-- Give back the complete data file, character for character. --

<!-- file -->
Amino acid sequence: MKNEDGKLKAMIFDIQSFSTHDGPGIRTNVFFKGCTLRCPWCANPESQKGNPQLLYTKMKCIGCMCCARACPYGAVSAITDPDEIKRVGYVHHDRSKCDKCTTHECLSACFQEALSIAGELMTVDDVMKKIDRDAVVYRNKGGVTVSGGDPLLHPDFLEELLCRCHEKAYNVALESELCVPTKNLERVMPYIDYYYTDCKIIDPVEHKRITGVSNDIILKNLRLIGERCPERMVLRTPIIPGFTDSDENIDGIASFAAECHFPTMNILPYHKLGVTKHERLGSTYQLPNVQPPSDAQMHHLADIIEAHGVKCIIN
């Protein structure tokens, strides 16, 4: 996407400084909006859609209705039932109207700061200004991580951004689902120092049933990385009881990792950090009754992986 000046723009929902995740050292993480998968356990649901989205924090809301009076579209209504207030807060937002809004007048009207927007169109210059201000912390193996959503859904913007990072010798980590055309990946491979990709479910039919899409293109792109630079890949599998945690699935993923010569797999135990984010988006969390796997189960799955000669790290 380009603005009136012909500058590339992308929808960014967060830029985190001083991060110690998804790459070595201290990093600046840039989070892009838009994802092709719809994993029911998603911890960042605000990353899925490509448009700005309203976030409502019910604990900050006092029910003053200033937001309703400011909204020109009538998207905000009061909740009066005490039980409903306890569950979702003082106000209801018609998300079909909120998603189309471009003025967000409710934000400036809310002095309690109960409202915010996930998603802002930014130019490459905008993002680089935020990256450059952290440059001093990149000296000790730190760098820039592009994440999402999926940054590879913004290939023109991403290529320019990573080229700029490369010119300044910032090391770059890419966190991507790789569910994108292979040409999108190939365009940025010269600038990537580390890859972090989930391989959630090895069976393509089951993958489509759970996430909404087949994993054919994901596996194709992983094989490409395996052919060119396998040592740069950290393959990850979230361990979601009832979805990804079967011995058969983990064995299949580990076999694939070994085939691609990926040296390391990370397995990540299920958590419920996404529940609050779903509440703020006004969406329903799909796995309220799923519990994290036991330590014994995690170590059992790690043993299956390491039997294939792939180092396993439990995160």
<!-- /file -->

Amino acid sequence: MKNEDGKLKAMIFDIQSFSTHDGPGIRTNVFFKGCTLRCPWCANPESQKGNPQLLYTKMKCIGCMCCARACPYGAVSAITDPDEIKRVGYVHHDRSKCDKCTTHECLSACFQEALSIAGELMTVDDVMKKIDRDAVVYRNKGGVTVSGGDPLLHPDFLEELLCRCHEKAYNVALESELCVPTKNLERVMPYIDYYYTDCKIIDPVEHKRITGVSNDIILKNLRLIGERCPERMVLRTPIIPGFTDSDENIDGIASFAAECHFPTMNILPYHKLGVTKHERLGSTYQLPNVQPPSDAQMHHLADIIEAHGVKCIIN
């Protein structure tokens, strides 16, 4: 996407400084909006859609209705039932109207700061200004991580951004689902120092049933990385009881990792950090009754992986 000046723009929902995740050292993480998968356990649901989205924090809301009076579209209504207030807060937002809004007048009207927007169109210059201000912390193996959503859904913007990072010798980590055309990946491979990709479910039919899409293109792109630079890949599998945690699935993923010569797999135990984010988006969390796997189960799955000669790290 380009603005009136012909500058590339992308929808960014967060830029985190001083991060110690998804790459070595201290990093600046840039989070892009838009994802092709719809994993029911998603911890960042605000990353899925490509448009700005309203976030409502019910604990900050006092029910003053200033937001309703400011909204020109009538998207905000009061909740009066005490039980409903306890569950979702003082106000209801018609998300079909909120998603189309471009003025967000409710934000400036809310002095309690109960409202915010996930998603802002930014130019490459905008993002680089935020990256450059952290440059001093990149000296000790730190760098820039592009994440999402999926940054590879913004290939023109991403290529320019990573080229700029490369010119300044910032090391770059890419966190991507790789569910994108292979040409999108190939365009940025010269600038990537580390890859972090989930391989959630090895069976393509089951993958489509759970996430909404087949994993054919994901596996194709992983094989490409395996052919060119396998040592740069950290393959990850979230361990979601009832979805990804079967011995058969983990064995299949580990076999694939070994085939691609990926040296390391990370397995990540299920958590419920996404529940609050779903509440703020006004969406329903799909796995309220799923519990994290036991330590014994995690170590059992790690043993299956390491039997294939792939180092396993439990995160």